A few days ago I started to make a list about each date and what the “scoop” was on finding good examples. I quickly gave up on it because it was daunting and also I wasn’t sure how much detail to put down. For example, should I just mention mint state? Should I say how hard each coin was to get in red, red-brown, and brown?  So it petered out before I got past “1920”.

I guess the impetus for doing the list stuck in my brain and some of it came spilling out when I started a communication with a coin collector friend about finding an especially tough date.

One thing I always wondered about are the statistical anomalies in our day to day hunts.  For example, I could search for months and not see a decent 1928-S (for instance). Then I go on vacation for a week and there are a dozen on eBay, and all at once!  I’ve seen this before. I think it happens to all of us. A collector friend of mine searched for a nice looking 1916 for seven years.

On the other side of the argument, we’ve all had those monsters we “lucked” into finding. A collector comrade has a real touch for 1914 as both his business strike and matte proof are super monsters. The point is that a person can get an idea about the difficulty of a certain coin and the whole thing is colored by luck. The longer you look the more the odds begin to even out but it does take time.

That being said, i did finally make my list!  In exceptional condition, I found the following the most frustrating:

  • 1909-S.  You can find decent ones but the real lookers are almost nowhere to be found.
  • 1915-S. I had a dog for 3 years waiting for something I could stand.
  • 1917-S. Attractive examples just never show up anywhere.
  • 1920-S. You can find nice browns but pristine well struck examples are elusive.
  • 1925-S. Notorious for crappy strikes and warped planchets.
  • 1927-S. Same as the 1925-S.

These are tough too:

  • 1913-S. Often with a warped upper left quadrant on the reverse.
  • 1914-S. Better strikes are available but be prepared to pay up the nose.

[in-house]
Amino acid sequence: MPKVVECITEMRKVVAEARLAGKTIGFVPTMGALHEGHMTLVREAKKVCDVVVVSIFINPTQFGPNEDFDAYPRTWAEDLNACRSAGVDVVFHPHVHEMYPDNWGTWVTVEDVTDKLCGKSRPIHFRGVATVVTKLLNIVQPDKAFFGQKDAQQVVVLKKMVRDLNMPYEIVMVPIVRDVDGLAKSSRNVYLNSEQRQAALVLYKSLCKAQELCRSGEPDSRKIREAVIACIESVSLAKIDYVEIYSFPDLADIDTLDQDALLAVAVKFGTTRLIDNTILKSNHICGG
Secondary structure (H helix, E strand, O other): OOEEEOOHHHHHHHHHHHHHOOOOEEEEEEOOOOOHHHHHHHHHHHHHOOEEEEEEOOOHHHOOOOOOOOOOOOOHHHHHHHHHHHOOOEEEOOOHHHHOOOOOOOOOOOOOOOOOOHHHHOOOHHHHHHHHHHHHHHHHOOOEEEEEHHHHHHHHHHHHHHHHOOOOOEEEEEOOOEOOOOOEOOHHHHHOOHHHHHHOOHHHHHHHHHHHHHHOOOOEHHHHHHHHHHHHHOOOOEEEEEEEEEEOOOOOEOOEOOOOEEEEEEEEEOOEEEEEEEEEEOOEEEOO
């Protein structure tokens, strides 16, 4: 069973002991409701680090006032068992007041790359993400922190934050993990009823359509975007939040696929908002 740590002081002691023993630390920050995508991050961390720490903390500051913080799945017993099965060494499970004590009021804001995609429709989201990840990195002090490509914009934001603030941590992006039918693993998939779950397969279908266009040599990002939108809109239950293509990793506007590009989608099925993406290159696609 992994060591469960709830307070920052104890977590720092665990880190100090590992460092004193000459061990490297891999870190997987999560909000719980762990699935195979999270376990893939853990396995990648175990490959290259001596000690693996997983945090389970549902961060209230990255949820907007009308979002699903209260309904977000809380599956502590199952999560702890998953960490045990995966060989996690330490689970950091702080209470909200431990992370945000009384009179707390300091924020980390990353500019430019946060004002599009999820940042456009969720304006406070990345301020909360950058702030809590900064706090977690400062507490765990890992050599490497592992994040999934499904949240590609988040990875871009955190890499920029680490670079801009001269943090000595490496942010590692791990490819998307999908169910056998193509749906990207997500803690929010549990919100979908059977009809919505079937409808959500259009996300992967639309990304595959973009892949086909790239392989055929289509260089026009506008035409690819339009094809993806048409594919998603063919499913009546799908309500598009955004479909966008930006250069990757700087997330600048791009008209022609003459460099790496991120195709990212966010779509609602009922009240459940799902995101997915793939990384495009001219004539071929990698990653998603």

• 1918-S. A frustrating date to find with both sides of the coin attractive.
  • 1919-S. These are everywhere but rarely are they nice.
  • 1925-D. Often poorly struck.
  • 1926-S.  Finding a nice red is near impossible but you can find attractive brown coins.
  • 1928-S. Another case where coins are plentiful but rarely are they without spots or other problems.

Finally, the expensive:

  • 1909-S VDB. So common really but SO expensive.  You can find attractive examples due to many being saved in high grades.
  • 1914-D.  More common than people think, look at the POP reports, they’re everywhere — but XF or better is major dollars. Even so, it’s hard to find truly beautiful examples.  Most are mundane looking with little pop. Color is extremely rare.
  • 1921-S. They get you coming and going on these and they are often ugly with stripes.
  • 1923-S. Same as above.
  • 1924-D. Rare and expensive and often ugly.
  • 1924-S. Nice ones exist, but again, you’re going to pay for it.

More Details (Coin by Coin)

1909 VDB.  Being the first year of a new issue, these were saved in very large quantities. These are easy to find in any condition up through MS67. A nice example in choice will be well under $100. These are often described as brassy in appearance and the surfaces on a large percentage of them almost appear to be “whizzed”. In plain English, this means the surface has tiny lines everywhere, usually running parallel to each other. Toned examples, while not common can be found with a little patience but expect to pay a small premium. Beautifully toned examples are rarer and can cost up to 3X the guide price.

1909-S VDB.  With slightly under a half million minted, you would expect this date to be rare. Countering intuition, in reality this is not at all the case. Population reports reveal that among the early S mint coins, these are actually the most common! The availability however is not reflected in the price. Also, this date is one of the most consistent performers in value of all the early Lincolns. This coin is more of a condition rarity than its VDB cousin from Philadelphia. Very attractive coins are much rarer and if the collector can hold out for one and pay the price, these examples will reward the owner with steady gains in value. While most Lincoln cents have been flat in the last 15 years, the value of a high grade S-VDB has at least doubled. Unfortunately because of the demand for this storied coin, it is also the most often counterfeited Lincoln cent. Basic information on spotting fakes is easily found in books and the internet and it is of absolute importance to familiarize yourself with the necessary information to protect yourself from disappointment and loss of money. Authentication by a major third party grading company is an absolute necessity.

It’s fun to take a few minutes and think about your own experiences with this series!


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